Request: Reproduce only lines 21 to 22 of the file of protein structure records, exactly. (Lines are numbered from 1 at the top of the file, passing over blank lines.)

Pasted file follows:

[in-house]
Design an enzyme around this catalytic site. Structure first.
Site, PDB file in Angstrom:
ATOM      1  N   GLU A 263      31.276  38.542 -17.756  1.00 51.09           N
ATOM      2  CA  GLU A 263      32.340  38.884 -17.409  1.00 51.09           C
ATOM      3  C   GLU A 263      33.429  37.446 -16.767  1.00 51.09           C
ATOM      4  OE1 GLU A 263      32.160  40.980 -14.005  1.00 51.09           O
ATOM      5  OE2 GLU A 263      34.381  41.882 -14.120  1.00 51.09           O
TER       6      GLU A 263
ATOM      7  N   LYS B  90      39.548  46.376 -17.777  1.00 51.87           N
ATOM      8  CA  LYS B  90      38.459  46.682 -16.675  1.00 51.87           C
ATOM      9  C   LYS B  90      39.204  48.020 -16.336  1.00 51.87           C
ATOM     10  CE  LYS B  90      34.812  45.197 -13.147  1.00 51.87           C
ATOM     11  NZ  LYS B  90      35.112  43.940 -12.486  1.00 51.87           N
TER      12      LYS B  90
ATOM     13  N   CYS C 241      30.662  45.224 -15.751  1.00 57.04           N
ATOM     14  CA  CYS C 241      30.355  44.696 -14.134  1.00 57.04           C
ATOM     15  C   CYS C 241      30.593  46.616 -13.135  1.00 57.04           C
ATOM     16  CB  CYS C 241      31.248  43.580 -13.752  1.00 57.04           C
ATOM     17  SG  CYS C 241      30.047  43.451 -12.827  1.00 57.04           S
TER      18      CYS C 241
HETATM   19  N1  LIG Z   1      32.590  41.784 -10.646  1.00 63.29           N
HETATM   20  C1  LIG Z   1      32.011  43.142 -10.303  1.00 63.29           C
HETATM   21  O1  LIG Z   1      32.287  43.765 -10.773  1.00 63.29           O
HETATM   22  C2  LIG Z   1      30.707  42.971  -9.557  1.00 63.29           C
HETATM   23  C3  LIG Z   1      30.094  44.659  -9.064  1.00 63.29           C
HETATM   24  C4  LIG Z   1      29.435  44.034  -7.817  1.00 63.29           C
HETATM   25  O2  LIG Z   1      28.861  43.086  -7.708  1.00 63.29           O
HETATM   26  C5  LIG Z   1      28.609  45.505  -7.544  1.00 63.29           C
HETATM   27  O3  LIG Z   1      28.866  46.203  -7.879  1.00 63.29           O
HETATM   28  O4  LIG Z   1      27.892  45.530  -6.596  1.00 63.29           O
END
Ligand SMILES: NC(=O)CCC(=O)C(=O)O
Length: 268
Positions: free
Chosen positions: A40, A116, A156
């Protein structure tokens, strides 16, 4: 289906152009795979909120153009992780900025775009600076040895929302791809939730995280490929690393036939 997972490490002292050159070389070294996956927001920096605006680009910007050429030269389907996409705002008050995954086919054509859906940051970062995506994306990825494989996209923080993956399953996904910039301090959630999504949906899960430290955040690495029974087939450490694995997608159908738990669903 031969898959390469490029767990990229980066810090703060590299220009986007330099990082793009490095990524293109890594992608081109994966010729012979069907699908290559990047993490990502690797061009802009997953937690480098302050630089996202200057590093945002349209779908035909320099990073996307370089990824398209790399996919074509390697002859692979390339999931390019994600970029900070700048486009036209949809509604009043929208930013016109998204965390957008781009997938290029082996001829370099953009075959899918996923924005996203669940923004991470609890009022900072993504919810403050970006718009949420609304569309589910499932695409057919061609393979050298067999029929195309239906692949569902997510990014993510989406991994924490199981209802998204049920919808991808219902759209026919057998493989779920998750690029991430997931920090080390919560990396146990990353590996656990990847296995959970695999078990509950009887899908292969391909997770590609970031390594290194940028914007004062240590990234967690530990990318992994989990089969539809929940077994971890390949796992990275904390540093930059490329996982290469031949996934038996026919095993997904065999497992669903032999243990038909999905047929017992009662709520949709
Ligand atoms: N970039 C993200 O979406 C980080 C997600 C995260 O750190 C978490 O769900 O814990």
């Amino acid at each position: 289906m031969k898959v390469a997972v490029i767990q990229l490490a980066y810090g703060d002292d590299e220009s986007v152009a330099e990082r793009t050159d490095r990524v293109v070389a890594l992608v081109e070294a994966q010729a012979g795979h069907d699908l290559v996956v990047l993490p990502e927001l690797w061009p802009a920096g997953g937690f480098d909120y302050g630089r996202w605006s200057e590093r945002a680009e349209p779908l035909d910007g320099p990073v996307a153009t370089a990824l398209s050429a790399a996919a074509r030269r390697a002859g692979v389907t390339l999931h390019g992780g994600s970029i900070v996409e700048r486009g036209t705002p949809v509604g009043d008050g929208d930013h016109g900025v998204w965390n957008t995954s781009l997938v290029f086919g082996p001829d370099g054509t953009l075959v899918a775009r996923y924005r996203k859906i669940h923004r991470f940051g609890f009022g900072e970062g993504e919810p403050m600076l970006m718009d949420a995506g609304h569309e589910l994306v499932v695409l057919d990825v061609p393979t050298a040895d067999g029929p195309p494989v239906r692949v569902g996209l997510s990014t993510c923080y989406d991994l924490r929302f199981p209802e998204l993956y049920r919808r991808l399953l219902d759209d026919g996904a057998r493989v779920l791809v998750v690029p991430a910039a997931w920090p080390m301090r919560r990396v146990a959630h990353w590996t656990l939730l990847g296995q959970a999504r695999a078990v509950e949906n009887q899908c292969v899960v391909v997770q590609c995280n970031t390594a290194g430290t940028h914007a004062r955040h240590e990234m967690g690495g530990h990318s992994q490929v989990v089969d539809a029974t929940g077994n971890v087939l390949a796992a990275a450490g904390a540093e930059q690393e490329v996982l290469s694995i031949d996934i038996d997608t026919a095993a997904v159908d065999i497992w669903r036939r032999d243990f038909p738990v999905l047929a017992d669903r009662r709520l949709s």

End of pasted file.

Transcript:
TER      18      CYS C 241
HETATM   19  N1  LIG Z   1      32.590  41.784 -10.646  1.00 63.29           N